The agent, here at one of his listings, funds his own trips, to the tune of tens of thousands of dollars. (Ricardo DeAratanha / Los Angeles Times)
By Kavita Daswani
To sell a Los Angeles mega-mansion, Aaron Kirman grabs his passport and heads to the airport.
“I’m not waiting for someone to knock on my door to buy a $40-million house,” said Kirman, 39, president of the international estates division of John Aaroe Group. “I’ll go and get them.”
He flies up to 300,000 miles a year to see wealthy clients, whether it’s to tell them about a substantial home in his $600-million-plus portfolio or to nab a new listing. By late June, Kirman had racked up 175,000 miles of air travel this year, including trips to Asia, South America, Europe and the Middle East.
“I’ve met my biggest clients through traveling,” he said on a recent morning in his Beverly Hills office, which was decorated with a tall chunk of citrine quartz.
He funds his own trips and estimates that each can cost between $20,000 and $50,000.
It’s more than just airfare and hotels. He likes to host dinners, and he factors in expenses for side trips; on a recent visit to London, his client wanted to visit Capri, so Kirman rented a yacht.
“Some cultures — like the Chinese or Saudis — don’t like to do business on the phone,” he said. “They want to meet face to face. I flew to St. Petersburg to see a client over coffee for 20 minutes. But I ended up selling him a $38-million house.”
Kirman has long been a believer in the power of travel. As a child in Encino, he struggled with dyslexia. He looked forward to summer trips with his family — to Mexico, Peru, Ecuador — to learn Spanish.
He also loved houses and was fascinated with the work of a family friend who was a real estate agent.
“I’d take his key to the lock boxes, go into empty houses and fake being an agent,” he said.
At 18, Kirman got fired from his first job as an intern at a real estate firm before joining another company where he sold his first house — a $200,000 home in Reseda.
But after a trip to Paris, it dawned on him that there were much more expensive homes to be sold.
“Somehow I was upgraded to business class on the flight home, where I met someone looking for a multimillion-dollar home in Los Angeles,” he said. “They bought through me. It made me realize I needed to be where the wealthy people are.”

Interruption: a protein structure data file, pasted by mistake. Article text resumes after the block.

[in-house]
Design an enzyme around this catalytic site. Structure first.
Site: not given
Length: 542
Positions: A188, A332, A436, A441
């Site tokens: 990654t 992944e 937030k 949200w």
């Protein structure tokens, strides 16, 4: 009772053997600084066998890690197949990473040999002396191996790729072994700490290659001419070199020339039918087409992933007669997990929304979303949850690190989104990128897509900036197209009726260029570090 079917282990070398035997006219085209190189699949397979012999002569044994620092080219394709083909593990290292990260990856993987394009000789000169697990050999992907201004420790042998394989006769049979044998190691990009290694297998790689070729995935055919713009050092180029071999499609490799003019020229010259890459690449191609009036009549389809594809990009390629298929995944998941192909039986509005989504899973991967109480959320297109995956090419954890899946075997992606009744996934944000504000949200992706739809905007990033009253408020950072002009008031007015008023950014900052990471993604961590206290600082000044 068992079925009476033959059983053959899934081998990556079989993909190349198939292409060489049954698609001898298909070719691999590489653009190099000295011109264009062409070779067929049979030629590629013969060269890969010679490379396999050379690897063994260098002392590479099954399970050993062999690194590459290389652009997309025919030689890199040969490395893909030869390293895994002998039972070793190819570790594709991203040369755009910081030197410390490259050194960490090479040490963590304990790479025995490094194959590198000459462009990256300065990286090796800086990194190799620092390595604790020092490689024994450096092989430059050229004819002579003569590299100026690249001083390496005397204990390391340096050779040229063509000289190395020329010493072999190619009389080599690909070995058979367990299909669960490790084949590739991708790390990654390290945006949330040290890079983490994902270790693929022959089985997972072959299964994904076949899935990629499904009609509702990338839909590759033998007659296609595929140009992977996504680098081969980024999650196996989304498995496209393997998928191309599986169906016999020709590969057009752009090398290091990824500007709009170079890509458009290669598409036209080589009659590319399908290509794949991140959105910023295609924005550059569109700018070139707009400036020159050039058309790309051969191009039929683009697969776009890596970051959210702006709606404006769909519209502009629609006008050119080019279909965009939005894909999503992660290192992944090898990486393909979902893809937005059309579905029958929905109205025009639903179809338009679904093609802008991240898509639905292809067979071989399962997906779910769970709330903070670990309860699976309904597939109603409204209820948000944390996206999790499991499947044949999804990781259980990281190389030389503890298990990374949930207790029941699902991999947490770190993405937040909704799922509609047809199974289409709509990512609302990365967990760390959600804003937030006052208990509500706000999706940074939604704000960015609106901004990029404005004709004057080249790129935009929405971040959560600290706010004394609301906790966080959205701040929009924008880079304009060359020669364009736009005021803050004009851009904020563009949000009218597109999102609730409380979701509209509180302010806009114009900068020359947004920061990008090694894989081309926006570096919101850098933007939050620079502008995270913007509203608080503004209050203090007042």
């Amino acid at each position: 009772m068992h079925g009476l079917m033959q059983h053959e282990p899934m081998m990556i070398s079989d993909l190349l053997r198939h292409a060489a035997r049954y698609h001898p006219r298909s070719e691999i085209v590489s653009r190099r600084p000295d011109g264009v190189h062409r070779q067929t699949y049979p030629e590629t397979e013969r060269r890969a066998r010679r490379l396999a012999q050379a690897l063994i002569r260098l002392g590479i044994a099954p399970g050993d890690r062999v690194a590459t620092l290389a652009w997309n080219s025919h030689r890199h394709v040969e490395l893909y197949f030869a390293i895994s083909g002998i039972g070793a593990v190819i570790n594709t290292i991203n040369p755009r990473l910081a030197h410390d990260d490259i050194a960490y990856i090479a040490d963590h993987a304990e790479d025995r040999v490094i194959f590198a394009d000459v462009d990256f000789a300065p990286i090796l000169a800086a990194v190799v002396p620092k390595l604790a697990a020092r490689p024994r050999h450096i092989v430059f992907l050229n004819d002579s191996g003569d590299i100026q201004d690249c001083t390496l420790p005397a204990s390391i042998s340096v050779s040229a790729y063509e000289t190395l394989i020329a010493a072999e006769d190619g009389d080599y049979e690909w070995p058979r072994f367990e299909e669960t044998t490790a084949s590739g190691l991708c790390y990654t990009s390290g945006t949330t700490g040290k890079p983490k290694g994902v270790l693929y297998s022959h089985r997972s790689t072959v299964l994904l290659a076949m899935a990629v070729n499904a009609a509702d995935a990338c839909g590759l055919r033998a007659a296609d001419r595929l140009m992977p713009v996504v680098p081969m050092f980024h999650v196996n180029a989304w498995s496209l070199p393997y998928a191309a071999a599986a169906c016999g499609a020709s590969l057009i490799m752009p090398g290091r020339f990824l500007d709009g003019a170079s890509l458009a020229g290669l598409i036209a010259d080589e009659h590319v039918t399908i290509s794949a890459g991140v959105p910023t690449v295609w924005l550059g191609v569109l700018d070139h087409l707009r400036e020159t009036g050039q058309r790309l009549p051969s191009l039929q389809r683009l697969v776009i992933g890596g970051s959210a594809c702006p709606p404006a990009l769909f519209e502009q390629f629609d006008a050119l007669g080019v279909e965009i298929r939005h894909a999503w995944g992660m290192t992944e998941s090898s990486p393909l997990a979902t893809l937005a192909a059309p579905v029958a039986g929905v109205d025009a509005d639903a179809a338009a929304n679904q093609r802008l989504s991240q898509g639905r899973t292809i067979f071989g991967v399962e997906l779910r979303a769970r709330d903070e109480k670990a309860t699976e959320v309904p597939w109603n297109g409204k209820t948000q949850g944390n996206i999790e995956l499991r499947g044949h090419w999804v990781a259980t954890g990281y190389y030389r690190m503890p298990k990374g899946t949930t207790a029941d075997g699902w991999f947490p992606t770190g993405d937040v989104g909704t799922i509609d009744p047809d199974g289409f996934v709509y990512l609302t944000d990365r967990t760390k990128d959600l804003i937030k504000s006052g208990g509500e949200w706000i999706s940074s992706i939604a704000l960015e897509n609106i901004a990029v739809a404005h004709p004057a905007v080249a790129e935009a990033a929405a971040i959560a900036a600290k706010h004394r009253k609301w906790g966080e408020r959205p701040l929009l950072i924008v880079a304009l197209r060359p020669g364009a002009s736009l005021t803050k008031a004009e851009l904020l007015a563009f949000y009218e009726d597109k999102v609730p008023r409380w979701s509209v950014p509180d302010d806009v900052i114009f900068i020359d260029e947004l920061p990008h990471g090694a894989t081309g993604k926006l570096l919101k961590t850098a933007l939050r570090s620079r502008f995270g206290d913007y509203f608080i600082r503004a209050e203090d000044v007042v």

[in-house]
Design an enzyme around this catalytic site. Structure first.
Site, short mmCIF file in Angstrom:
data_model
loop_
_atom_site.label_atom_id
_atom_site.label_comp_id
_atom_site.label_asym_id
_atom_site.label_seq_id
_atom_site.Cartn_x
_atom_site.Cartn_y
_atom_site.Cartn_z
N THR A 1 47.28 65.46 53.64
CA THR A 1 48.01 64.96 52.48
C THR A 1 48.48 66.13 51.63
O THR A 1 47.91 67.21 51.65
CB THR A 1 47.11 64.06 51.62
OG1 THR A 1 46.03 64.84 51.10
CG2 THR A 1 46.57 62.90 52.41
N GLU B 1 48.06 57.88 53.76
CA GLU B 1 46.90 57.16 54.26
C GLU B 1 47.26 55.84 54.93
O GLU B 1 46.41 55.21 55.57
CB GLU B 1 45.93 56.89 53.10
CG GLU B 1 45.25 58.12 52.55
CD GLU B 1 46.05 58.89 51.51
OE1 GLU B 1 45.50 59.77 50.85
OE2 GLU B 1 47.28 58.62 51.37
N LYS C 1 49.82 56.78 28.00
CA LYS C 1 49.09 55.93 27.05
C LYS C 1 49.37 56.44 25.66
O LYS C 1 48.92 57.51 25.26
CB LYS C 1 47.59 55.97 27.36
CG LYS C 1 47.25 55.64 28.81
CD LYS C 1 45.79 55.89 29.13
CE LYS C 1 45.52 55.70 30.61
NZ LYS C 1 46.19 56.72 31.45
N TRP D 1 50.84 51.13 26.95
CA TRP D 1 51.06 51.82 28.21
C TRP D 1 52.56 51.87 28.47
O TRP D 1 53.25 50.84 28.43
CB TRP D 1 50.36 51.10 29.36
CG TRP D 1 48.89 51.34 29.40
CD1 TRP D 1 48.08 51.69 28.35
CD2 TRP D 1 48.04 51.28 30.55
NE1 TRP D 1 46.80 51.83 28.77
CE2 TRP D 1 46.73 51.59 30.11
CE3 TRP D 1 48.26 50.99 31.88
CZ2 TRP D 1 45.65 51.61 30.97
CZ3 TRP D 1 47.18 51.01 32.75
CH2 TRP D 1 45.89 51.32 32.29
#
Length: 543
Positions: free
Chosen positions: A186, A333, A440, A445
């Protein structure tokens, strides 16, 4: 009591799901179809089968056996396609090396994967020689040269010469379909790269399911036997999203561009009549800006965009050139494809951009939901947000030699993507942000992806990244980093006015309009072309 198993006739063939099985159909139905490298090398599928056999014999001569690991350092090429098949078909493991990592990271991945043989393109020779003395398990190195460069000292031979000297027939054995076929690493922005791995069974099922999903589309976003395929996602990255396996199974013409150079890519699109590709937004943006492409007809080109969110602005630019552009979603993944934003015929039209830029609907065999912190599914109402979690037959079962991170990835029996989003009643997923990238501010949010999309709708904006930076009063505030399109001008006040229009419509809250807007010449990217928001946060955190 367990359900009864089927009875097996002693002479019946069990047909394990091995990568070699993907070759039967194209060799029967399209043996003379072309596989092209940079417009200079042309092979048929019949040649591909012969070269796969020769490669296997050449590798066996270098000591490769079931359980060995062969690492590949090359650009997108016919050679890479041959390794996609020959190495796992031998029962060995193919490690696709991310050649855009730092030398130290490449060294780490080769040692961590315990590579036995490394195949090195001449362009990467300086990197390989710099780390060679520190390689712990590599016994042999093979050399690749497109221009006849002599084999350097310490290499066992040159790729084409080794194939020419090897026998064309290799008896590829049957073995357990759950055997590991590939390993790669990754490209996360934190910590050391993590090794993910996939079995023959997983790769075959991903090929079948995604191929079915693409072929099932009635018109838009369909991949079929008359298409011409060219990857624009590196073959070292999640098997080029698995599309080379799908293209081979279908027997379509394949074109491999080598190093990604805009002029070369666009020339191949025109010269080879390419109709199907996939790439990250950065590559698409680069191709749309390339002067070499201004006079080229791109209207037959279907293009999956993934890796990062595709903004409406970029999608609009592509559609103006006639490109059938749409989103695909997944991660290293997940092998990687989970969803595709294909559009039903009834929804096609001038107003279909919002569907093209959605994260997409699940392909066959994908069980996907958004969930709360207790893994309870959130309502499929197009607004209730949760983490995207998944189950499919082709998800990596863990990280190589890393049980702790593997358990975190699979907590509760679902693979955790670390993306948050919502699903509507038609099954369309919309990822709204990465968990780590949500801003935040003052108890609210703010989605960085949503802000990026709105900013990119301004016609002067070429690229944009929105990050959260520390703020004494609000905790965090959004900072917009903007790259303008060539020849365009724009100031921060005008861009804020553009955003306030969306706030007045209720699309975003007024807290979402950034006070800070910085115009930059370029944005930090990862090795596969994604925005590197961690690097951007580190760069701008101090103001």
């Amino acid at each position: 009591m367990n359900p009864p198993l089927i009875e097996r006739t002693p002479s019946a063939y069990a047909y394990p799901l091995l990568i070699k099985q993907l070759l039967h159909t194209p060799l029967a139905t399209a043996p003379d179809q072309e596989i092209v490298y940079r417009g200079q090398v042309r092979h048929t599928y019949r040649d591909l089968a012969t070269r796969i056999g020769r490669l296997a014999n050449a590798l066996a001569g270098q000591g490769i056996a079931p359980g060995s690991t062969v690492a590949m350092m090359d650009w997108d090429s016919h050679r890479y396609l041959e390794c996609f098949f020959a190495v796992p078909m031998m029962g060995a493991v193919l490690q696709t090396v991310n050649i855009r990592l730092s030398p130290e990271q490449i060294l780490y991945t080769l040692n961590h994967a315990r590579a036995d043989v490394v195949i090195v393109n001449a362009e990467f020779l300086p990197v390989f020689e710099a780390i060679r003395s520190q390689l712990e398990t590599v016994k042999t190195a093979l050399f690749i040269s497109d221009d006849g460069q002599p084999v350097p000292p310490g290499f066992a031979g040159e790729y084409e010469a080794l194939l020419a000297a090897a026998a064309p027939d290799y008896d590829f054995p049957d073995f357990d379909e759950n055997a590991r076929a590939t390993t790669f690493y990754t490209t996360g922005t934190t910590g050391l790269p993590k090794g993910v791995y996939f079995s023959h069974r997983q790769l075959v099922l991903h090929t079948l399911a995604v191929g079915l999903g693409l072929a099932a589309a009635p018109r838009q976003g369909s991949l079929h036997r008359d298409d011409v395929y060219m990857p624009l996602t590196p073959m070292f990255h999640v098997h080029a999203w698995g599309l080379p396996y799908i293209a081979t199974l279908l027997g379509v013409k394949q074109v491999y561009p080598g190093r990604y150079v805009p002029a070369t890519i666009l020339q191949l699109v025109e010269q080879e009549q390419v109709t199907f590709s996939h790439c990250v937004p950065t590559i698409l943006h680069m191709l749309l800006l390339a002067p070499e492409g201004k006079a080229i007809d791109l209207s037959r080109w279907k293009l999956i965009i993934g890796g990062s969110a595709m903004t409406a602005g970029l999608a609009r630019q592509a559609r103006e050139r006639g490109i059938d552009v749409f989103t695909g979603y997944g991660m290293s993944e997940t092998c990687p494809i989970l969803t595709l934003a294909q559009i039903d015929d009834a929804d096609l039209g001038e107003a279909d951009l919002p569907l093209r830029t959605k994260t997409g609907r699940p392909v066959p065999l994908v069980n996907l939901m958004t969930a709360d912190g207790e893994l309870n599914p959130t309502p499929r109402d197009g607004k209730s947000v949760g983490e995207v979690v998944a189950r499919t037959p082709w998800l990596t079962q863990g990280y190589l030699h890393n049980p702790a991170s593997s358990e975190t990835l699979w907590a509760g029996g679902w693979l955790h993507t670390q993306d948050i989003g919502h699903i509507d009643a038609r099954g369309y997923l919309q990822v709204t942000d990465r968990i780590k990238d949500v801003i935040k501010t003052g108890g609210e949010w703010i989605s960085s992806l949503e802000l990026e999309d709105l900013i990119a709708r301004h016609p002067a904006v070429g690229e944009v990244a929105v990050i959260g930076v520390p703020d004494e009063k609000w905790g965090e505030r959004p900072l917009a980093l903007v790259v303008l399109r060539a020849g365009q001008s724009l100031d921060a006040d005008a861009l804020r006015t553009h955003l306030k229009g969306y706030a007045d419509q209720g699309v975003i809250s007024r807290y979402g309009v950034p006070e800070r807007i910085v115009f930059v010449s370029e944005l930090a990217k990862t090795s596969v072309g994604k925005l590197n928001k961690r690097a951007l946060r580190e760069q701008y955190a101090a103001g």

Kirman’s approach during his around-the-world trips is to avoid the hard sell.
“I keep it low-key,” he said shortly before jetting off to Geneva to see a Saudi royal who wanted to buy another Los Angeles property. “We’ll be at dinner, and if it’s right I might bring up a house that I can show on my phone. If it’s not, I don’t say anything. I play it by ear.”
Longtime client Brenda Adderly saw Kirman’s global sprawl of clients work in her favor when she was trying to sell a 6,500-square foot-Mediterranean mansion in the Pacific Palisades a few years ago.
“The American market didn’t understand it, so Aaron tapped into his network in London,” said Adderly, a Los Angeles author.
Kirman flew there for lunch with a prospective buyer and his family and then discreetly brought up the property. They ended up purchasing it for around $10 million.
“They were comfortable with him,” Adderly said. “And that’s what sold the house.”
Sometimes Kirman will board a flight without a meeting lined up on the other side.
Once, he was hoping to meet with a Chinese billionaire looking to sell a $48-million home. But the billionaire wouldn’t take Kirman’s calls.
“I took a chance and flew to Beijing,” he said. “I finally got him and said, ‘I’m here; when are we going to dinner?’ It was a risk, and I could have wasted my time. I got the listing.